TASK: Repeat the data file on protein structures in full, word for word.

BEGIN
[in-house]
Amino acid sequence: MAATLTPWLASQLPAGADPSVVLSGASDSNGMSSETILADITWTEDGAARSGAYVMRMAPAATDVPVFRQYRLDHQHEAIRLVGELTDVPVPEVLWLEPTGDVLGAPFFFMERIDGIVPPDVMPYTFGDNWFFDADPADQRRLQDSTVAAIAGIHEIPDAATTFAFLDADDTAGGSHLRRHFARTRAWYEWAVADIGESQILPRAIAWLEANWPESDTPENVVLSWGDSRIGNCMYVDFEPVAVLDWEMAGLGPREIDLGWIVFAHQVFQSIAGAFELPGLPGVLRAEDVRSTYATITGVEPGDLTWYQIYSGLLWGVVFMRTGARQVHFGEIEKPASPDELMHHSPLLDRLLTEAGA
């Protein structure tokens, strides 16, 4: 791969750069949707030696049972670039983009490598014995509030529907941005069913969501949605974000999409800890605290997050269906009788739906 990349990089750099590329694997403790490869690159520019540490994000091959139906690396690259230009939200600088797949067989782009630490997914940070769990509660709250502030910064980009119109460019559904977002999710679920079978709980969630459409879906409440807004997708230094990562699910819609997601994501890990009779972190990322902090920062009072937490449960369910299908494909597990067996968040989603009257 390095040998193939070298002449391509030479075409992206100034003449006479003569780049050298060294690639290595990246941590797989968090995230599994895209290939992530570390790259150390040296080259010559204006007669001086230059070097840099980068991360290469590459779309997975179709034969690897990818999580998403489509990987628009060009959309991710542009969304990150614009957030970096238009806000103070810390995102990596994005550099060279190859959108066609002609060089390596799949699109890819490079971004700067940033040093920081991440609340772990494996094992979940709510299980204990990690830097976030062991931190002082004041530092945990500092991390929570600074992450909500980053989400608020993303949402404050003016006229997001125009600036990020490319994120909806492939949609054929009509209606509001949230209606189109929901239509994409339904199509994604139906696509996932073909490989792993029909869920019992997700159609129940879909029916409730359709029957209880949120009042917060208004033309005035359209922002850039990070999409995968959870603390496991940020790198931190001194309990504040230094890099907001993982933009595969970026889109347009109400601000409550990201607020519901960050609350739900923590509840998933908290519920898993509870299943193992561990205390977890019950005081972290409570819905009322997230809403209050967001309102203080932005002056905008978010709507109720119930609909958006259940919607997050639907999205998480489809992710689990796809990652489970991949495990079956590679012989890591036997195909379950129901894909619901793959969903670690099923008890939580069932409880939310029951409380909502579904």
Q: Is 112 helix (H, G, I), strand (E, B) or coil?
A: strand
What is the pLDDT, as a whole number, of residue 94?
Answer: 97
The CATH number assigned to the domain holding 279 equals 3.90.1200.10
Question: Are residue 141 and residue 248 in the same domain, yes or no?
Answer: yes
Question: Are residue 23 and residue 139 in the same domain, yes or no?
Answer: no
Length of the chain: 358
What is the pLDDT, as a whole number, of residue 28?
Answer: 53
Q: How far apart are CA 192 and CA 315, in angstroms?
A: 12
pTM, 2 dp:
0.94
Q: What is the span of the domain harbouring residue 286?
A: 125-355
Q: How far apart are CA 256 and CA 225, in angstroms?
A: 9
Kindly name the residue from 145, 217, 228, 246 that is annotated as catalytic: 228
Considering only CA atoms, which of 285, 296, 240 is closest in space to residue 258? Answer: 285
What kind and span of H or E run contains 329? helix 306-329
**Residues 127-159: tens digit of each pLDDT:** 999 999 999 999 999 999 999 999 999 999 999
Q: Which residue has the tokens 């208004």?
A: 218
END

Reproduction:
[in-house]
Amino acid sequence: MAATLTPWLASQLPAGADPSVVLSGASDSNGMSSETILADITWTEDGAARSGAYVMRMAPAATDVPVFRQYRLDHQHEAIRLVGELTDVPVPEVLWLEPTGDVLGAPFFFMERIDGIVPPDVMPYTFGDNWFFDADPADQRRLQDSTVAAIAGIHEIPDAATTFAFLDADDTAGGSHLRRHFARTRAWYEWAVADIGESQILPRAIAWLEANWPESDTPENVVLSWGDSRIGNCMYVDFEPVAVLDWEMAGLGPREIDLGWIVFAHQVFQSIAGAFELPGLPGVLRAEDVRSTYATITGVEPGDLTWYQIYSGLLWGVVFMRTGARQVHFGEIEKPASPDELMHHSPLLDRLLTEAGA
């Protein structure tokens, strides 16, 4: 791969750069949707030696049972670039983009490598014995509030529907941005069913969501949605974000999409800890605290997050269906009788739906 990349990089750099590329694997403790490869690159520019540490994000091959139906690396690259230009939200600088797949067989782009630490997914940070769990509660709250502030910064980009119109460019559904977002999710679920079978709980969630459409879906409440807004997708230094990562699910819609997601994501890990009779972190990322902090920062009072937490449960369910299908494909597990067996968040989603009257 390095040998193939070298002449391509030479075409992206100034003449006479003569780049050298060294690639290595990246941590797989968090995230599994895209290939992530570390790259150390040296080259010559204006007669001086230059070097840099980068991360290469590459779309997975179709034969690897990818999580998403489509990987628009060009959309991710542009969304990150614009957030970096238009806000103070810390995102990596994005550099060279190859959108066609002609060089390596799949699109890819490079971004700067940033040093920081991440609340772990494996094992979940709510299980204990990690830097976030062991931190002082004041530092945990500092991390929570600074992450909500980053989400608020993303949402404050003016006229997001125009600036990020490319994120909806492939949609054929009509209606509001949230209606189109929901239509994409339904199509994604139906696509996932073909490989792993029909869920019992997700159609129940879909029916409730359709029957209880949120009042917060208004033309005035359209922002850039990070999409995968959870603390496991940020790198931190001194309990504040230094890099907001993982933009595969970026889109347009109400601000409550990201607020519901960050609350739900923590509840998933908290519920898993509870299943193992561990205390977890019950005081972290409570819905009322997230809403209050967001309102203080932005002056905008978010709507109720119930609909958006259940919607997050639907999205998480489809992710689990796809990652489970991949495990079956590679012989890591036997195909379950129901894909619901793959969903670690099923008890939580069932409880939310029951409380909502579904």
Q: Is 112 helix (H, G, I), strand (E, B) or coil?
A: strand
What is the pLDDT, as a whole number, of residue 94?
Answer: 97
The CATH number assigned to the domain holding 279 equals 3.90.1200.10
Question: Are residue 141 and residue 248 in the same domain, yes or no?
Answer: yes
Question: Are residue 23 and residue 139 in the same domain, yes or no?
Answer: no
Length of the chain: 358
What is the pLDDT, as a whole number, of residue 28?
Answer: 53
Q: How far apart are CA 192 and CA 315, in angstroms?
A: 12
pTM, 2 dp:
0.94
Q: What is the span of the domain harbouring residue 286?
A: 125-355
Q: How far apart are CA 256 and CA 225, in angstroms?
A: 9
Kindly name the residue from 145, 217, 228, 246 that is annotated as catalytic: 228
Considering only CA atoms, which of 285, 296, 240 is closest in space to residue 258? Answer: 285
What kind and span of H or E run contains 329? helix 306-329
**Residues 127-159: tens digit of each pLDDT:** 999 999 999 999 999 999 999 999 999 999 999
Q: Which residue has the tokens 């208004």?
A: 218